venture capital

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Venture capital

An investment in a start-up business that is perceived to have excellent growth prospects but does not have access to capital markets. Type of financing sought by early-stage companies seeking to grow rapidly.

Venture Capital

The provision of funding for a start-up. For example, suppose a company with little access to capital is attempting to open a new market or access an old one with a better product. It may not be able to receive loans, either because of an unproven track record or because it is already significantly in debt, and it may have exhausted financing from family and friends. Venture capital allows this company to begin and build upon its operations by providing necessary funding. Usually, the provider of venture capital takes equity in the company in exchange for the money. Venture capital firms may also provide needed expertise in how to run a business than can help the start-up become successful.

venture capital

A pool of risk capital, typically contributed by large investors, from which allocations are made available to young, small companies that have good growth prospects but are short of funds. Small investors can buy new issues or participate in mutual funds that specialize in the supply of venture capital. Also called risk capital.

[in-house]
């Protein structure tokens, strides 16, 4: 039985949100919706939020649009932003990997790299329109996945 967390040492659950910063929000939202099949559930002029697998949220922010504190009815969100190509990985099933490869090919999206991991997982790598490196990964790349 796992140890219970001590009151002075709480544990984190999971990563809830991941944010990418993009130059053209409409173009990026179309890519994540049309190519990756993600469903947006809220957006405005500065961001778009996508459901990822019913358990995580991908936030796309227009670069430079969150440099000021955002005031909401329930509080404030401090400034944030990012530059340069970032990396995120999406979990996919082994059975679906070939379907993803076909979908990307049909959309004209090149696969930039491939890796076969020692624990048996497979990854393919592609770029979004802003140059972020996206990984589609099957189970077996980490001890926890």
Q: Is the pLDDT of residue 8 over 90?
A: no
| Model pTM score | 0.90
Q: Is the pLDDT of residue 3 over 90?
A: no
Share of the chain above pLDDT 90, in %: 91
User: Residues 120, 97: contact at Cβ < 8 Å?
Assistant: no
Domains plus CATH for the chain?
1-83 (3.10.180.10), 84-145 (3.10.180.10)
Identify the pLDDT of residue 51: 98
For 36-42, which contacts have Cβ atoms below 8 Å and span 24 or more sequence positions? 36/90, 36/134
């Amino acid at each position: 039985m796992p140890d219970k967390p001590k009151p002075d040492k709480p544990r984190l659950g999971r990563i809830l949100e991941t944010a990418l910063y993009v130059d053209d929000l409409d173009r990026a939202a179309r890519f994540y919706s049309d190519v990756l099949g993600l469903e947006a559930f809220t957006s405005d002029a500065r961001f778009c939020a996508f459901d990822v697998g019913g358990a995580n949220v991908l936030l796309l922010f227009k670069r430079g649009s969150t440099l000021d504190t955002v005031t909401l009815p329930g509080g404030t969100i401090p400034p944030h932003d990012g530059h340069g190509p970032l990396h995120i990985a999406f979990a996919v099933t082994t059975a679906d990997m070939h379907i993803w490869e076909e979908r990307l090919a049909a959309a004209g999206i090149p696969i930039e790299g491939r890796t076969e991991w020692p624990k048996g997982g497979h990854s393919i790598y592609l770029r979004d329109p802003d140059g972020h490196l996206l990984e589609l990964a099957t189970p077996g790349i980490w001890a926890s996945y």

Venture capital (VC).

Venture capital is financing provided by wealthy independent investors, banks, and partnerships to help new businesses get started, reach the next level of growth, or go public.

In return for the money they put up, also called risk capital, the investors may play a role in the company's management as well as receive some combination of equity, profits, or royalties.

Some venture capital also goes into bankrupt companies to help them turn around, or to companies that the management wants to take private by buying up all the outstanding shares.

venture capital

money subscribed in the form of SHARE CAPITAL and LOAN CAPITAL to finance new firms and activities which are considered to be of an especially risky nature and hence unable to attract finance from more conventional sources. There are a number of specialist institutions covering this sector of the capital market (see STOCK MARKET), including THREE I'S (formerly Investors in Industry) and the venture capital arms of the COMMERCIAL BANKS, INVESTMENT BANKS and MERCHANT BANKS.

Venture capital investors originally concentrated most of their funding on small start-up businesses offering innovative products, but recently a substantial proportion of their funds has been directed towards the less risky business of financing MANAGEMENT BUY-OUTS of established companies.

The British Venture Capital Association represents firms and institutions operating in this area.

venture capital

any SHARE CAPITAL or LOANS subscribed to a firm by financial specialists (for example, the venture-capital arms of the commercial banks), thus enabling the firm to undertake investment in processes and products that, because of their novelty, are rated as especially high-risk projects and, as such, would not normally attract conventional finance. In addition, in recent years venture capitalists have become increasingly involved in financing MANAGEMENT BUY-INS and MANAGEMENT BUYOUTS. See JUNK BOND, THREE I‘S.